Here’s How Ukraine’s Situation Three Months After Russian Invasion

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It’s been nearly three months since Russia invaded Ukraine – a 12-week period in which Russian forces wreaked havoc on the country and its people, resulting in large-scale deaths and causing millions of people to flee.

But the invasion was not the military success Moscow had hoped for and is now in its second phase. Most of the fighting has shifted eastward following failed Russian advances into central Ukraine. Defenders are even focusing on retaking some key areas near the Russian border, while Moscow sees its troops defeated in some key battles.

Western aid is also flowing into Ukraine, the North Atlantic Treaty Organization (NATO) must be strengthened as countries seek to join the alliance. The first Russian soldier accused of war crimes has been tried.

See what has happened in several key areas since the beginning of the war.

Donbass

After weeks of intense fighting, Ukraine’s eastern Donbass region is “completely destroyed”, Ukrainian President Volodymyr Zelensky said on Thursday.

He accused Russia of a “deliberate and criminal attempt to kill as many Ukrainians as possible” after a village in Chernihiv was hit by missiles, leaving many dead.

Authorities in the region say the front line is being bombed “day and night”, with Russian forces trying to break through Ukrainian lines.

A NATO military official told the CNN on Wednesday (18) that the alliance expects an impasse in the coming weeks. But the official said NATO believed the momentum had shifted significantly in Ukraine’s favor and the debate within alliance circles was now over whether Kiev could retake Crimea and the Donbass territories, both taken by Russia and the separatists backed by Russia. Russia, respectively, in 2014.

Kharkiv

Ukrainian forces resisted Russian attacks on the second Ukrainian city of Kharkiv and advanced towards the border in several places to the north and east of the city.

Ukrainian officials said last week they were liberating villages on the outskirts of the city. Their advances led to the symbolic and embarrassing expulsion of Kremlin forces back to their own border, while posing the strategic threat of cutting Russia’s supply lines to Ukraine and its forces further south in Donbass.

Anastasia Paraskevova recently returned to her home in Kharkiv for the first time since fleeing the city two months ago. The site was under constant bombardment ever since, until Russian forces were repulsed.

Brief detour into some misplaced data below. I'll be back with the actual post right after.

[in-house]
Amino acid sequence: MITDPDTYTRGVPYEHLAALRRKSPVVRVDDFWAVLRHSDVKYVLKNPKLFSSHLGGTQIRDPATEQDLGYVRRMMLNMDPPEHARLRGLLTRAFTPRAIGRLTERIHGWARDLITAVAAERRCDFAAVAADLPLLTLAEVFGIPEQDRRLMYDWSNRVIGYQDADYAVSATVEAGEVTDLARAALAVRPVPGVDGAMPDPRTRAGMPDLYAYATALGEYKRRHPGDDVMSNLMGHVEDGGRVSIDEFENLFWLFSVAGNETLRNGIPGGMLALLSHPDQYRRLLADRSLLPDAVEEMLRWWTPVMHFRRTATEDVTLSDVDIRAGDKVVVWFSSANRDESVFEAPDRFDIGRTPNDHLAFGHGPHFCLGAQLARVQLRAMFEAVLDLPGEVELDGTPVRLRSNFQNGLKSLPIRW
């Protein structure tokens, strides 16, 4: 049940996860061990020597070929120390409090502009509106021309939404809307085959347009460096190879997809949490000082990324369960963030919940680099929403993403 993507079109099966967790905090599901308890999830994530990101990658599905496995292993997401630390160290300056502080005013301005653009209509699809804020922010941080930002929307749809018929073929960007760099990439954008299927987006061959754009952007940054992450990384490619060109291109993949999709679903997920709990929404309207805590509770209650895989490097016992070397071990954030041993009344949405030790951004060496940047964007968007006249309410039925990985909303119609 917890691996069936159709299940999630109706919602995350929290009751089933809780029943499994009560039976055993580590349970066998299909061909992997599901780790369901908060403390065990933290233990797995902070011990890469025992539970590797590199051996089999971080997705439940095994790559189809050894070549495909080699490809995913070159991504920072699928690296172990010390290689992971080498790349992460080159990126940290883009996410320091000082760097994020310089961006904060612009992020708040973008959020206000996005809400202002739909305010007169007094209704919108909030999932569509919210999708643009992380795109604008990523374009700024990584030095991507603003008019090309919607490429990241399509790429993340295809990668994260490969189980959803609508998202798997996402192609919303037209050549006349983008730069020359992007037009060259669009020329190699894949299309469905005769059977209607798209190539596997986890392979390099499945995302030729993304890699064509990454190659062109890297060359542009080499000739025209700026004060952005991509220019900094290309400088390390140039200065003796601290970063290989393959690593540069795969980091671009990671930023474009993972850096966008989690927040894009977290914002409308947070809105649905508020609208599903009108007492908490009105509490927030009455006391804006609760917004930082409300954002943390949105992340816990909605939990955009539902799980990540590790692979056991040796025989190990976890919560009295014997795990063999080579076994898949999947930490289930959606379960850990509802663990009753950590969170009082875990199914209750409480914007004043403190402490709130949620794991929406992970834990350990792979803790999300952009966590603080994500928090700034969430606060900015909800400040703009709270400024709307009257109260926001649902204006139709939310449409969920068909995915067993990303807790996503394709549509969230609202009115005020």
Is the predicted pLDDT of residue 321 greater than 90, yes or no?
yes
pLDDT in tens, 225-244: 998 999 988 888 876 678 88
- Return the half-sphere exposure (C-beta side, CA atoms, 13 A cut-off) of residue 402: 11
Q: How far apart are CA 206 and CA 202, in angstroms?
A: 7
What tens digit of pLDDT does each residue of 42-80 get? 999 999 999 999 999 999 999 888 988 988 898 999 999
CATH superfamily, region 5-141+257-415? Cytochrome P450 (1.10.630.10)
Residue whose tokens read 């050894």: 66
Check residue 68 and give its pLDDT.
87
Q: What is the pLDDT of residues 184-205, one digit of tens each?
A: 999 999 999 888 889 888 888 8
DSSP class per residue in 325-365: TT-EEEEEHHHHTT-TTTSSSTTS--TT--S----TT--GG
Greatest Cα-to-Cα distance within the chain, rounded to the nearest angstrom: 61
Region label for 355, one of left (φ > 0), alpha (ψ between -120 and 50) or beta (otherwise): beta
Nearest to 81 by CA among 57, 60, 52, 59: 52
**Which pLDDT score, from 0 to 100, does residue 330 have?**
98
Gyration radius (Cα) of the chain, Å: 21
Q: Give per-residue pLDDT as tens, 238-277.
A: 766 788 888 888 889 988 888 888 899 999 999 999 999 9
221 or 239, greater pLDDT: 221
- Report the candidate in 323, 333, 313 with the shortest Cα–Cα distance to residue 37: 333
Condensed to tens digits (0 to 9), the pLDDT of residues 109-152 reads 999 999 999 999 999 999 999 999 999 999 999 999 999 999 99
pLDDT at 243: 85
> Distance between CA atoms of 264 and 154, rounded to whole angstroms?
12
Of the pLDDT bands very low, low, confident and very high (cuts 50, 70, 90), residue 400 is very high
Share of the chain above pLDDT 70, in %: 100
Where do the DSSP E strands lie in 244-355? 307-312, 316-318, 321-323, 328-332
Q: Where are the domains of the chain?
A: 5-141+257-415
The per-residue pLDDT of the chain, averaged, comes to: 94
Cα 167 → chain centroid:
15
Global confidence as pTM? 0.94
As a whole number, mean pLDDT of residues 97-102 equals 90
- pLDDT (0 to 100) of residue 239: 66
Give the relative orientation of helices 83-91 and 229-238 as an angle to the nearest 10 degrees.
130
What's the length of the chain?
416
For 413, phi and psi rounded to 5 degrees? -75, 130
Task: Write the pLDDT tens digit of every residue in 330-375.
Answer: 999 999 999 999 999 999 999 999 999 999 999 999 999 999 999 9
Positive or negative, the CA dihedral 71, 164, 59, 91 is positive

Paraskevova said the overall experience was good. “The city was much more alive. People were walking through the streets. And some stores were working. It felt like some life was back, much better than when I was here in March.”

Destroyed building in Kharkiv after Russian bombings

Kherson

Every day, hundreds or even thousands of people try to flee the Russian-occupied Kherson region of southern Ukraine.

The city has been under Russian control since the beginning of the invasion. Ukrainians are leaving for many reasons: to avoid being detained or to escape the heavy actions of Russian forces, or because of the chronic shortage of medicine and other essentials in Kherson.

Last week, a convoy of around 1,000 vehicles tried to leave Kherson. The Russians finally let the convoy move in groups — but only after holding them in place for most of the day.

Mariupol

The port city of Mariupol on the Sea of ​​Azov is finally under Russian forces after weeks of relentless bombing.

The city has seen some of the most intense fighting since Russia began its invasion of Ukraine. It was there that Russia carried out deadly attacks on a maternity hospital and the bombing of a theater where hundreds of civilians were taking refuge from the violence.

Mariupol became a symbol of Ukrainian resistance when its defenders held out at Azovstal, a large steel mill where around 1,000 civilians sheltered at one point, with supplies of food and water dwindling.

Ukraine’s military announced on Monday that its forces had completed their “combat mission” in Azovstal, effectively ceding the city to Russian forces. On Friday (20), Ukraine ordered its fighters to stop defending the plant.

Russian Defense Minister Sergei Shoigu said on Friday that nearly 2,000 Ukrainian soldiers had surrendered in Azovstal. THE CNN could not independently verify this number.